Transgender Awareness Week
What is Transgender Awareness WeekTrans Awareness Week is an annual event to help raise the visibility of transgender, non-binary and gender diverse people, highlight our life experiences and discuss issues faced by the trans community.
It’s a time when we as a community can share stories and experiences, and speak out around the issues we face. Issues such as prejudice, discrimination, oppression, bullying, harassment and violence. But it’s also a time to celebrate who we are and advocate for equality.
When is Transgender Awareness Week
The timing is important as it culminates with Trans Day of Remembrance (TDoR) on November 20th. So Trans Awareness Week is always held between the 13th and 19th of November.
Trans Day of Remembrance, Together We RememberArguably the most important date in the trans calendar is onNovember 20th. Trans Day of Remembrance (TDoR) was started in 1999 by trans advocate Gwendolyn Ann Smith as a way to remember Rita Hester, as trans woman killed in 1998. Since then it has become an important tradition. It’s a day for our community and our allies to come together to remember those trans people who have been killed in an act of transphobic violence or taken their own lives due to transphobia.
Why is Trans Awareness Week ImportantAs a business owned by a trans woman we at The Rainbow Stores are only too aware of the importance of raising our collective voices. Transphobia is on the rise and the mental health of all gender diverse people is being badly affected.
In 2021 there were 375 trans people murdered around the world. That is an increase from 350 in 2020, and numbers have been rising for many years. One in four of those murdered were killed in their own home.
In the last year we have seen the levels of transphobia rise sharply in many countries. In the UK between 2021 and '22 transphobic hate crime has increased by a staggering 56%. Since 2016 it has soared by an almost unbelievable 350%.
In a TransActual UK Survey in 2021
- 85% of trans women reported being subjected to transphobic street harassment from strangers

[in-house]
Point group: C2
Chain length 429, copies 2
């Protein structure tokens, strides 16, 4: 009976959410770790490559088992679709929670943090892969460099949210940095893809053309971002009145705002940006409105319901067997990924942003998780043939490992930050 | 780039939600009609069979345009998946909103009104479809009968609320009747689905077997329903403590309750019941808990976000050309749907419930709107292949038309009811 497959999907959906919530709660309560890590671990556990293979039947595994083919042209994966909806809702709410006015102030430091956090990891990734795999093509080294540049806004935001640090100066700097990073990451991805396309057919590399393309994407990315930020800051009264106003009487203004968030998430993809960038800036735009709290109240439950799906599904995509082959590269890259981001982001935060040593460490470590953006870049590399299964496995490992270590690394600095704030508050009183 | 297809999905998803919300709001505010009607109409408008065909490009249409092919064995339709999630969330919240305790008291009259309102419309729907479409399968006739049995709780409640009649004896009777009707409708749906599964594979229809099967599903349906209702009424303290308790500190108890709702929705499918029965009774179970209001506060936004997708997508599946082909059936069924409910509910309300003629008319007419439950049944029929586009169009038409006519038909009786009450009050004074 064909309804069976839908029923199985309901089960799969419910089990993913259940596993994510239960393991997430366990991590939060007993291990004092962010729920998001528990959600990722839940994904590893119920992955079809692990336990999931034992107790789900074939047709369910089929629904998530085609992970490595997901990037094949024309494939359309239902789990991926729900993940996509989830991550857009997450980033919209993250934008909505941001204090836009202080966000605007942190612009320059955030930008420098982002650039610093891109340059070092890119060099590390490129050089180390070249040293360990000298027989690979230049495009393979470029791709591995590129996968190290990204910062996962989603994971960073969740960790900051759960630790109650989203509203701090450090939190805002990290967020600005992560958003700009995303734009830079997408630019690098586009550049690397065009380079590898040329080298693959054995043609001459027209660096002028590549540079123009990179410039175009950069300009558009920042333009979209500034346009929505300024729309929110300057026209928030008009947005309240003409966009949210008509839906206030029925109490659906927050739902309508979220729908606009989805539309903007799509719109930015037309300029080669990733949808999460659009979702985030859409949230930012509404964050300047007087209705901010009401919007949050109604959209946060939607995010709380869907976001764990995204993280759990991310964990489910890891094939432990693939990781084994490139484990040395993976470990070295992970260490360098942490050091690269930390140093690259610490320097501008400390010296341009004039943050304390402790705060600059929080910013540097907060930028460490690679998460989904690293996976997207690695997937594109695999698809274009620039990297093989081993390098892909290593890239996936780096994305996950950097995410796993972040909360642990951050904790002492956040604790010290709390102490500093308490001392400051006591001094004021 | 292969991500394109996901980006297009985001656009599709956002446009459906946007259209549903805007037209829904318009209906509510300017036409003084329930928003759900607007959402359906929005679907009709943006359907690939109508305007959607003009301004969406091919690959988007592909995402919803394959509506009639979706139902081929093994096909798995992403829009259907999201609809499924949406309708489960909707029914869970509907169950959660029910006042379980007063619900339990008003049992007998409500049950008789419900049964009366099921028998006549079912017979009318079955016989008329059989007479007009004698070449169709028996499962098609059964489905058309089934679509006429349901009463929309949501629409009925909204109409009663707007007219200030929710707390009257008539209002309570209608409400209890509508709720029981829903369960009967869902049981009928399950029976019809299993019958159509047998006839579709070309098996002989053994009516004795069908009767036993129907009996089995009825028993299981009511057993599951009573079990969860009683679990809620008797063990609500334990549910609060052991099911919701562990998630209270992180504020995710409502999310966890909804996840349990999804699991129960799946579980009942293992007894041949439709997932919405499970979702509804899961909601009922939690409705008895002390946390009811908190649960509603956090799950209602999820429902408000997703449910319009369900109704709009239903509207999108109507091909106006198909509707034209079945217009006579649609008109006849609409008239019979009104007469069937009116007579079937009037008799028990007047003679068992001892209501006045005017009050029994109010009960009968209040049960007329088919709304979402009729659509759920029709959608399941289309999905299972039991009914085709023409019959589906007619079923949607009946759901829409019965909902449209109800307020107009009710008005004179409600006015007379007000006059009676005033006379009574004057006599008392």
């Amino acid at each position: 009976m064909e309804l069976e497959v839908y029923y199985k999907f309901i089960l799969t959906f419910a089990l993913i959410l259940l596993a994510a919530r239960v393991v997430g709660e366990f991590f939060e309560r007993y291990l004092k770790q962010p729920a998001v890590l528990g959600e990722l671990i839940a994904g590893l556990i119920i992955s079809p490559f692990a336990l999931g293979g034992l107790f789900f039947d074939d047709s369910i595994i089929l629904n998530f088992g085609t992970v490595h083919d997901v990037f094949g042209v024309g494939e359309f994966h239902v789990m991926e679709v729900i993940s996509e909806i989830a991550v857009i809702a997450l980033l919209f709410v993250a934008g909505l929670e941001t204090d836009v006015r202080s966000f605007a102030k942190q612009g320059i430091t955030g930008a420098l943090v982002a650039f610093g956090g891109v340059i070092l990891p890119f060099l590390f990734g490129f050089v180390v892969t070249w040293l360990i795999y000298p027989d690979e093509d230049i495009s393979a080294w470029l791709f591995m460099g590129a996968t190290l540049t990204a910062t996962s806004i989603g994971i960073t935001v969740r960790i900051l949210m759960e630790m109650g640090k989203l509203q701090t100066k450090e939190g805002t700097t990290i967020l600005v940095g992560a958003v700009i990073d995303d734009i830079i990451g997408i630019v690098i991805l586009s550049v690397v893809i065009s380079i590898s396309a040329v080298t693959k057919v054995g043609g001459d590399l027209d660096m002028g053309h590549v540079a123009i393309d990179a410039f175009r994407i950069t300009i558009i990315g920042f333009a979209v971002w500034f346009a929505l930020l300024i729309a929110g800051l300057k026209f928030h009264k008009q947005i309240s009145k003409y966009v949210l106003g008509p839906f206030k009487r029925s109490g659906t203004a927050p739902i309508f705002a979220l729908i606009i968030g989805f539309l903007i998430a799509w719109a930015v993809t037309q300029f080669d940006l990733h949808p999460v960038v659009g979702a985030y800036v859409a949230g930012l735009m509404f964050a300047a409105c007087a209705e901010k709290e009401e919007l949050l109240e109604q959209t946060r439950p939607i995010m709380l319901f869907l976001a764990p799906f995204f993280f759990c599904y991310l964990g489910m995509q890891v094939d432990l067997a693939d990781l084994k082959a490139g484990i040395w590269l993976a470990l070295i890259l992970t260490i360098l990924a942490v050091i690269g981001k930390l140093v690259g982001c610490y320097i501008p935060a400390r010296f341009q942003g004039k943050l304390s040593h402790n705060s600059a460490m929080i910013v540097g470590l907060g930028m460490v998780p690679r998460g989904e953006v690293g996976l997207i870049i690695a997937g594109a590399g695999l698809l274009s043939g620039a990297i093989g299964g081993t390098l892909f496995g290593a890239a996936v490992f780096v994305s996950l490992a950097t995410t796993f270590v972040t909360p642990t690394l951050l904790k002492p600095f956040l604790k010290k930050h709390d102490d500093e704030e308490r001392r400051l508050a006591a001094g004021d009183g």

- 63% of respondents reported experiencing transphobia while seeking employment
- 93% of participants reported that media transphobia had impacted their experiences of transphobia from strangers on the street.
Trans Awareness Week gives us an opportunity to educate the public about these critical issues, about who trans people are and what our lived experience is. It allows us to advocate for equal rights and protest against inequality.
What can you do to support the trans community?
The best thing you can do is to educate yourself about trans issues and what it’s like to be transgender, non-binary or gender diverse. Talk to trans people and seek out content online about how you can be a genuine ally to trans people.
You can start by looking at what Stonewall have to say here. And if you want to know more then watch the Disclosure documentary on Netflix.
At work you can host trans awareness events with colleagues. If you're doing this then think about inviting a trans person or an experienced trans advocate to help you or to speak at the event.
Organise a vigil for those trans people who have been the victims of transphobic violence and bigotry in the last year.
Other simple things you can do are:
- Use the correct pronouns for people. If you don’t know, just ask.
- Add your pronouns to your email signature if you have one.
- Read Shon Faye’s Book 'The Trans-gender Issue'.
- Uplift Trans Voices online and add supportive messages.
- Show support publicly by wearing trans ally badges.
Shop our Transgender Collection
Other Transgender Key DatesMarch 31st - International Transgender Day of Visibility
May 17th - International Day Against Homophobia, Transphobia, and Biphobia
July 14th - International Non-Binary People’s Day
Nov 6th - Trans Parent Day
Nov 13th - 19th - Trans Awareness Week
Nov 20th - Trans Day Of Remembrance
The Trans Pride Flag
The colours selected for pride flags carry meaning, and the Trans Pride Flag colours were explained by Monica Helm. It’s well documented that the light blue stripes represent the colours for baby boys and pink for baby girls, but the white stripe represents those who are transitioning or consider themselves having a neutral or undefined gender.
The flag is symmetrical according to Helms so “no matter which way you fly it, it is always correct, signifying us finding correctness in our lives.”